Cocos nucifera. Family
Cocos nucifera. English Name
Cocos nucifera. Local Name
Cocos nucifera. Description
This plant is the only living species of the genus Cocos. It is one of the most useful trees in the world and is often referred to as the “tree of life”. Trees grow up to 30m tall and can yield up to 75 fruits per year, with pinnate leaves 4-6m long, and pinnae are 60-90cm long; old leaves break away cleanly, leaving the trunk smooth. The fruit is a drupe, not a true nut, it has three layers: the exocarp, mesocarp, and endocarp. The exocarp is the glossy outer skin, usually yellow green to yellow brown in colour. The mesocarp is composed of a fiber, called coir, which has many traditional and commercial uses. Both the exocarp and the mesocarp make up the “husk” of the coconut, while the endocarp makes up the hard coconut shell. The endocarp is around 4mm thick and has three distinctive germination pores (micropyles) on the distal end.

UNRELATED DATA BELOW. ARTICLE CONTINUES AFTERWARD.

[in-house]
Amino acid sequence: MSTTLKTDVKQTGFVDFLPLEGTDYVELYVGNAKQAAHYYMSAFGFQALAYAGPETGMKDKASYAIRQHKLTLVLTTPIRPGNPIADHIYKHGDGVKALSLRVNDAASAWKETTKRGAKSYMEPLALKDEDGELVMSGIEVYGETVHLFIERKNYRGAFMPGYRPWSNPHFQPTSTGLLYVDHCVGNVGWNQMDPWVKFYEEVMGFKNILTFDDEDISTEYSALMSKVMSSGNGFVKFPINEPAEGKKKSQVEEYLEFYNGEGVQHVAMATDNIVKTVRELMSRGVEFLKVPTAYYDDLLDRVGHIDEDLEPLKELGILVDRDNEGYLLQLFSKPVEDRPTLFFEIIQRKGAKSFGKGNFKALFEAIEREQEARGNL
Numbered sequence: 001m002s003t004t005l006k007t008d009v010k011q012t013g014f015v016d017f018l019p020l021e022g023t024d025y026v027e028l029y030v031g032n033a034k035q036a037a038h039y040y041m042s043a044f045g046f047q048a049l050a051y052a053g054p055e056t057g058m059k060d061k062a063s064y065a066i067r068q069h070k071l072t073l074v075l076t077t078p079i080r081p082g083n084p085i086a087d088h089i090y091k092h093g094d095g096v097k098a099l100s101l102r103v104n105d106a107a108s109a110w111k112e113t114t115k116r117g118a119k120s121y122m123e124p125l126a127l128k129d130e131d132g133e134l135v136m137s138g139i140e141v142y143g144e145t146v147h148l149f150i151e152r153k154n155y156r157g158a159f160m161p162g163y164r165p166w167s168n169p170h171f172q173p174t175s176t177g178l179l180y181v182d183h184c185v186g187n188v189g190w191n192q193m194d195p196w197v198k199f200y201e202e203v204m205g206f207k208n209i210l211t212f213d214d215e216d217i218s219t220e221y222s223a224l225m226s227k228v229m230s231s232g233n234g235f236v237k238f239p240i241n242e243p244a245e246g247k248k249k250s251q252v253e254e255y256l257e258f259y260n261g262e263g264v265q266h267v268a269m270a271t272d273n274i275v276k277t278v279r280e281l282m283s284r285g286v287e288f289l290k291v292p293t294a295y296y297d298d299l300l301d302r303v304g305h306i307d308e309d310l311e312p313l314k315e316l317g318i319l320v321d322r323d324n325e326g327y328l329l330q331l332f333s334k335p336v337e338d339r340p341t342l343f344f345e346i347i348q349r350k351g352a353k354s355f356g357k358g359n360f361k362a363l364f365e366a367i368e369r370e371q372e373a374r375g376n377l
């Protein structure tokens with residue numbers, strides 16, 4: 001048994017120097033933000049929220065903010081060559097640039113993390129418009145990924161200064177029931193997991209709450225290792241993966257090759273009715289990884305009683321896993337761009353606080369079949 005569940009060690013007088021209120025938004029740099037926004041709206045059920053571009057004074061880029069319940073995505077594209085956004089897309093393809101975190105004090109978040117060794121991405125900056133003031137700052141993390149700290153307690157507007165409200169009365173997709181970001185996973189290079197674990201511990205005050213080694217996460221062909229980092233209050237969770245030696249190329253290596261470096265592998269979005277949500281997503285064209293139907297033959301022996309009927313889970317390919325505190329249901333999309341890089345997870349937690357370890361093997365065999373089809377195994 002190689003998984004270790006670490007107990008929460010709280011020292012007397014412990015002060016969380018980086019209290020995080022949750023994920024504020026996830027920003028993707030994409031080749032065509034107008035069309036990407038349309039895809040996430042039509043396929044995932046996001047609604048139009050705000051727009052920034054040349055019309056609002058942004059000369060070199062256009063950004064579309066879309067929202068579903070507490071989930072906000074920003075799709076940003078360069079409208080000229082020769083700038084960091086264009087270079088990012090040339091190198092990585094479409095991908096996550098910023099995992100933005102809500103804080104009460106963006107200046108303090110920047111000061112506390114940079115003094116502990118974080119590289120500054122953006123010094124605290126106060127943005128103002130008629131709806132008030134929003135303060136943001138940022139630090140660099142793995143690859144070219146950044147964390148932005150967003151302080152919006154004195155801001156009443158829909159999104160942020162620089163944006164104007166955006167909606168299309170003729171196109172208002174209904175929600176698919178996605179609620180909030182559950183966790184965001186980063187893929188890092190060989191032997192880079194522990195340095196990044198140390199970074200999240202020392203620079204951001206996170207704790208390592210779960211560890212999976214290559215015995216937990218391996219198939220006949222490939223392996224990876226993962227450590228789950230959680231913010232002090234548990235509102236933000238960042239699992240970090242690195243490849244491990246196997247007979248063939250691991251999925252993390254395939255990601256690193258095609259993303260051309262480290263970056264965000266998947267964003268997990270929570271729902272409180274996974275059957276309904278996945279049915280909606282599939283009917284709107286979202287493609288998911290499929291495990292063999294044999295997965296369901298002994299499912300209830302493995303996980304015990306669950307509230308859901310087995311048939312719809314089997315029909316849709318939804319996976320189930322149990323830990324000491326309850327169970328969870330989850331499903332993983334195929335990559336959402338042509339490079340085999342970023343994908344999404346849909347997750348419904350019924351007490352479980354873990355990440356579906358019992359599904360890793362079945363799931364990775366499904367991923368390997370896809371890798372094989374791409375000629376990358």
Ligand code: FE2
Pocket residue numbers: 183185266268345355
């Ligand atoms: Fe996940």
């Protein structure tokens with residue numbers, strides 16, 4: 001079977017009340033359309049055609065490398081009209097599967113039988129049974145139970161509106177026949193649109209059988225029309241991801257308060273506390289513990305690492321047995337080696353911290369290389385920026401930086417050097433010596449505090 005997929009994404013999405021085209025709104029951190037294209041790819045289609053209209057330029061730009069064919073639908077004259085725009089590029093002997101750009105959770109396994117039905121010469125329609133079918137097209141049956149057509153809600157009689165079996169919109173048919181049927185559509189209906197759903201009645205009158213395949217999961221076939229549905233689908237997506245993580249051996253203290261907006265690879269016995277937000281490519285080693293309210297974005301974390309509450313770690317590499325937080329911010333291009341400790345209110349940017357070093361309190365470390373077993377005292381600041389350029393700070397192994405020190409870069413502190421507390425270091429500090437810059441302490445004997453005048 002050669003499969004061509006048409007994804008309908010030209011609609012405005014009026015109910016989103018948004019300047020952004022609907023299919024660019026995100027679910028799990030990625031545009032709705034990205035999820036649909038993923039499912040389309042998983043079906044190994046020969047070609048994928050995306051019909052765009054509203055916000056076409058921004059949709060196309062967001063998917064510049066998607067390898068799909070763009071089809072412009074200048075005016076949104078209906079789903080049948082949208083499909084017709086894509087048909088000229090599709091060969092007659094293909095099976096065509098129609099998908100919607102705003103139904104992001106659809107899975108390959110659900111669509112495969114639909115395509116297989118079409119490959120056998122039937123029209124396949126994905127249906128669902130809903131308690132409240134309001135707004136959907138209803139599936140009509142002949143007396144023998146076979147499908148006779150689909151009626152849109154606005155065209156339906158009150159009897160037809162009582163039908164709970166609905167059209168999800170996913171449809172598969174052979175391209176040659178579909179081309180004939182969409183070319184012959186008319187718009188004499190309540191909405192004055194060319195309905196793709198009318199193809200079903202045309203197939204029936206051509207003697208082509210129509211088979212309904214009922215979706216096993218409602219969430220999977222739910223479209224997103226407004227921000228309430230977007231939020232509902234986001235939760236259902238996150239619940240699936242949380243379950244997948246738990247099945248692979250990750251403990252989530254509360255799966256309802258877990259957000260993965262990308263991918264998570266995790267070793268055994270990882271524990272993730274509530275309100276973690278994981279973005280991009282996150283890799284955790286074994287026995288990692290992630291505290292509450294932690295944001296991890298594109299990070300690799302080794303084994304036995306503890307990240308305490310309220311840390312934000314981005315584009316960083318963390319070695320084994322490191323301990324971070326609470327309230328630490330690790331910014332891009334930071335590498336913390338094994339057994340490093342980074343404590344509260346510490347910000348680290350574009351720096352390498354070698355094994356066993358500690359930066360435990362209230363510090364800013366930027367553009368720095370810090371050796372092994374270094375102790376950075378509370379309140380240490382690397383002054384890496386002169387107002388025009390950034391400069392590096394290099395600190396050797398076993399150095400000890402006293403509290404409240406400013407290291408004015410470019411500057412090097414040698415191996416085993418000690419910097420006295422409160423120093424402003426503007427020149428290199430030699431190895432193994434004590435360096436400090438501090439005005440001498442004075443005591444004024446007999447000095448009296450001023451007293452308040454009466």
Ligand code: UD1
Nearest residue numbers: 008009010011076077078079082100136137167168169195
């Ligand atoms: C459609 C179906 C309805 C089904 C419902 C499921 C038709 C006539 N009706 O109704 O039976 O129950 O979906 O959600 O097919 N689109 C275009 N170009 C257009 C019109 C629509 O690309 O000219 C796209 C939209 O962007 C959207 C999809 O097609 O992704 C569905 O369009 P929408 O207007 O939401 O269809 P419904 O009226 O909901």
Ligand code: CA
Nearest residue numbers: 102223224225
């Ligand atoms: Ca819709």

Cocos nucifera. Distribution
This species is cultivated in coastal areas throughout the tropics and some sub-tropical countries. The plant thrives on sandy soils and is highly tolerant of salinity. It prefers areas with abundant sunlight and rainfall 150-250mm annually, which makes colonizing shorelines of the tropics relatively straightforward. They can also be found in humid areas with low annual precipitation like in Karachi, Pakistan.
Cocos nucifera. Uses
It provides food, fuel, cosmetics, and folk medicine and building materials, among many other uses. Dried coconut flesh is called copra, and the oil and milk derived from it are commonly used in cooking – frying in particular – as well as in soaps and cosmetics. The hard shells, fibrous husks and long pinnate leaves can be used as material to make a variety of products for furnishing and decoration.